Now, very importantly, the sources that I’ve spoken with have dealt with these power targets before 2023, before the current Israeli assault in Gaza. So I know less about the specifics of power targets that are currently bombed; however, we do know from official army statements that Israel, during the first five days, so up until October 11th and October 12th, has bombed 1,329 power targets. The military says that half of the targets that were bombed were identified as power targets in the military.
Now, during these five days, we know, of course, that hundreds of children have been killed. We have managed to find indications of these buildings that were bombed without an evacuation protocol. And this is a very important point, because, according to sources that I’ve spoken with, in the past the internal protocol in the military was that you can only bomb power targets, which are high-rise buildings or governmental buildings inside neighborhoods, after you’ve evacuated all the families from the building. This was a principle that was in place in 2021, where they bombed nine high-rises, nine power targets. And no civilian Palestinians were killed, because they did put in place an evacuation protocol. They call, you know, the guard in the building. It’s quite horrific. You know, there is little missiles. But at the end of the day, the goal was to put pressure on civilians by destroying their apartments, from what I’ve heard from sources, and not by killing them.
Now, I don’t know — again, I haven’t spoken to sources that have bombed power targets in this operation, but there are clear indications that I am finding in Gaza — for example, the Al-Mohandessin Tower, which was bombed, on top of all the families inside of it, or Babel Tower or Al-Taj Tower — that they were bombed while the families were inside. And I think — I am assuming, since these are high-rises, and since the military has said that it bombed over a thousand power targets, that these were power targets. So this is a shift. I mean, the evidence suggests there is a shift here of not only striking targets that are primarily intended to cause civilian shock or to put civilian pressure on Hamas — again, according to intelligence sources — but, apparently, in some of the cases, the evidence suggests that such targets have also led to the killing of families.
AMY GOODMAN: I want to turn to U.S. Secretary of State Antony Blinken speaking Thursday at a news conference in Tel Aviv.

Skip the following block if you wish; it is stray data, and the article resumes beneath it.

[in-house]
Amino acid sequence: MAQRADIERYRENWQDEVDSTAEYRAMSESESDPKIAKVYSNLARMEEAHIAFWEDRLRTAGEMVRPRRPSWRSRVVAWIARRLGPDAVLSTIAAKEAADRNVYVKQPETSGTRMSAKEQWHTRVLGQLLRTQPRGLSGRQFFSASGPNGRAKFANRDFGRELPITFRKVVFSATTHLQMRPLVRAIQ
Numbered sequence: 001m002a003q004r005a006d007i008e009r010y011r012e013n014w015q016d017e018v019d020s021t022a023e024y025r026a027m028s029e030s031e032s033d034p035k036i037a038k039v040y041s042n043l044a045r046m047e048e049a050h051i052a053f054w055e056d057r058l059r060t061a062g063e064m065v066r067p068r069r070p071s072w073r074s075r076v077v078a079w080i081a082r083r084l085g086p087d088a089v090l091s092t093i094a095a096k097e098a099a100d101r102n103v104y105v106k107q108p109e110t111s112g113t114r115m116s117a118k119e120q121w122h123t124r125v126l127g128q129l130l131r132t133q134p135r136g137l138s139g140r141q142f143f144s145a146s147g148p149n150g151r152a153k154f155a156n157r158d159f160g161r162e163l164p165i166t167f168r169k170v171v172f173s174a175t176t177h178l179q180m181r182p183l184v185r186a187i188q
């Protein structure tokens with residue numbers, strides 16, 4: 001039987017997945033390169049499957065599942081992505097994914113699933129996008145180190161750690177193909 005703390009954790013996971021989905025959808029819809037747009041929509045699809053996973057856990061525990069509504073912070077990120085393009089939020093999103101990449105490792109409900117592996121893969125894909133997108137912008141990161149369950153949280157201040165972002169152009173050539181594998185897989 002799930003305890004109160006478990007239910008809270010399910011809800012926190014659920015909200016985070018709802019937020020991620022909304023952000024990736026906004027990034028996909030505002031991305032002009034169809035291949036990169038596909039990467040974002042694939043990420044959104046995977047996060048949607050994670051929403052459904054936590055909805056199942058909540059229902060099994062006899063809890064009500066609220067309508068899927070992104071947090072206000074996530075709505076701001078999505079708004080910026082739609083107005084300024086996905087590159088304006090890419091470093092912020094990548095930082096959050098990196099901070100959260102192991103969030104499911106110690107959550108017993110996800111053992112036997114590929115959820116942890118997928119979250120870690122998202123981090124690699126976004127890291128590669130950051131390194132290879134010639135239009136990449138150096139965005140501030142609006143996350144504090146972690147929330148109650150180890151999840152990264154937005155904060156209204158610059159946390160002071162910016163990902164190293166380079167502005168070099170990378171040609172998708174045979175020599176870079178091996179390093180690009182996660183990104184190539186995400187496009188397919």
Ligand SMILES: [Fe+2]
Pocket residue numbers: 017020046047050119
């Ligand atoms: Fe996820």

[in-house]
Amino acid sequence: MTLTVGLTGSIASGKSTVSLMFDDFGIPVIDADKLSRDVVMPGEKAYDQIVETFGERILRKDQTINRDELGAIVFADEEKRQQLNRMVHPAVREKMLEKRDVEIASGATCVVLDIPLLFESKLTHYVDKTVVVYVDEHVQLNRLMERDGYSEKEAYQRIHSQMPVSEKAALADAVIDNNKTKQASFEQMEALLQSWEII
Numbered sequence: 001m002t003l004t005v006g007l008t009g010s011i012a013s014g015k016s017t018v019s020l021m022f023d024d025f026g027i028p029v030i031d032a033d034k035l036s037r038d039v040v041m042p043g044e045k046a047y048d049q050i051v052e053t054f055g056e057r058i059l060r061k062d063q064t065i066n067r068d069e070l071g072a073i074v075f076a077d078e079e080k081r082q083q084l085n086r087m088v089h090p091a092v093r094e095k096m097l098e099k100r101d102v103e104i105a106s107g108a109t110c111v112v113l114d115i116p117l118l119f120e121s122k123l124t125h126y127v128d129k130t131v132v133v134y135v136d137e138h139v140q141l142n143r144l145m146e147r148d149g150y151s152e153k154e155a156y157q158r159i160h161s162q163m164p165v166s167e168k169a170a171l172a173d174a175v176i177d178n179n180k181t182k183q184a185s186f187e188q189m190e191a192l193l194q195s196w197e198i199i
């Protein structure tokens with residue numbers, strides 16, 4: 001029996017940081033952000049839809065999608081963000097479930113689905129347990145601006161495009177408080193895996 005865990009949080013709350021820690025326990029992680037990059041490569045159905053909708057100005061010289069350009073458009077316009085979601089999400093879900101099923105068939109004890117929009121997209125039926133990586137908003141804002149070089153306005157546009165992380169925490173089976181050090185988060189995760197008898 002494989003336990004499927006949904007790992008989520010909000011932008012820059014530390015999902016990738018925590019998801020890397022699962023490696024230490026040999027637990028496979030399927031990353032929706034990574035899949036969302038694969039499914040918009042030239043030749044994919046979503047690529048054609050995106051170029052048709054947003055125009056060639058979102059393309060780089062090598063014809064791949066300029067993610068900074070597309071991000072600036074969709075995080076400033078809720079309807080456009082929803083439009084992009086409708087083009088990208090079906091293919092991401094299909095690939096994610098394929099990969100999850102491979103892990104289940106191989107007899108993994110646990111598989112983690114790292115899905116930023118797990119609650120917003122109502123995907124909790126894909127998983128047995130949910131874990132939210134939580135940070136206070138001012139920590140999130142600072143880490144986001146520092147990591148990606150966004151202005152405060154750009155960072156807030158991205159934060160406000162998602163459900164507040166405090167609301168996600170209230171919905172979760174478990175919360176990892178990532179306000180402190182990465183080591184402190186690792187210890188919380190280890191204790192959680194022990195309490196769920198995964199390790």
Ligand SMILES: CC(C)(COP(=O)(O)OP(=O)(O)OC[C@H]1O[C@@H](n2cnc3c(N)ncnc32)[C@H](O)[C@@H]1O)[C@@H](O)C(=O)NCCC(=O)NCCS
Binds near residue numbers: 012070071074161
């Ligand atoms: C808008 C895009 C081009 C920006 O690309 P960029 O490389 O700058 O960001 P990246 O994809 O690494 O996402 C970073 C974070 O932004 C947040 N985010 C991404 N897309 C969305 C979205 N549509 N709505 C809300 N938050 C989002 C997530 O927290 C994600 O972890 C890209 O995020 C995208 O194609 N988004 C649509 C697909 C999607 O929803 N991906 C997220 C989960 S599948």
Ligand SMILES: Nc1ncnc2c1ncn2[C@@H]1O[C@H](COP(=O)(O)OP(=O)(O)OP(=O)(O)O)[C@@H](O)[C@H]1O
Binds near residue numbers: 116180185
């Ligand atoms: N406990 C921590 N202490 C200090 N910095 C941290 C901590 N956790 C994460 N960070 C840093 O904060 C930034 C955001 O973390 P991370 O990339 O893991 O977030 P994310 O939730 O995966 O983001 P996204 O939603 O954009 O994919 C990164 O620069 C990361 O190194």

SECRETARY OF STATE ANTONY BLINKEN: Israel has the most sophisticated — one of the most sophisticated militaries in the world. It is capable of neutralizing the threat posed by Hamas while minimizing harm to innocent men, women and children. And it has an obligation to do so. … The way Israel defends itself matters. It’s imperative that Israel act in accordance with international humanitarian law and the laws of war.
AMY GOODMAN: So, Yuval Abraham, if you can respond to what Blinken is saying? You know, at the beginning, after the October 7th attack, President Biden said that the support for Israel was unconditional, they could do anything they wanted. Now, clearly, with massive pushback in the United States with protests of people all over the country and around the world, you have both Biden and Blinken stepping back and saying you have to protect civilians. One of your sources suggested that the scale of this attack, with an unprecedented number of civilian casualties in Gaza, has to do in part with the Israeli military’s wish to redeem itself after the catastrophic failures of October 7th. And now you have this big New York Times exposé that Israel clearly knew a year ago the blueprint for this attack. And there are other reports, in Haaretz and other places, that say — I think they were called — the women surveillance soldiers along the Gaza border, I think they’re called spotters, were repeatedly telling their supervisors in the last weeks, in the last months, “We see this escalation here. It looks like Hamas is about to attack.” And they would be told they’d be brought up on insubordination charges if they kept pushing this issue. Yuval?
YUVAL ABRAHAM: Yes, Amy. It’s very important for me to respond to Blinken’s statements. And I have three things that I really want to say, and I really want people to listen to them.
The first is that the very real war crimes that Hamas has committed, you know, killing people — some of them I knew — massacring people, do not justify Israeli war crimes in Gaza that are being committed. That’s number one.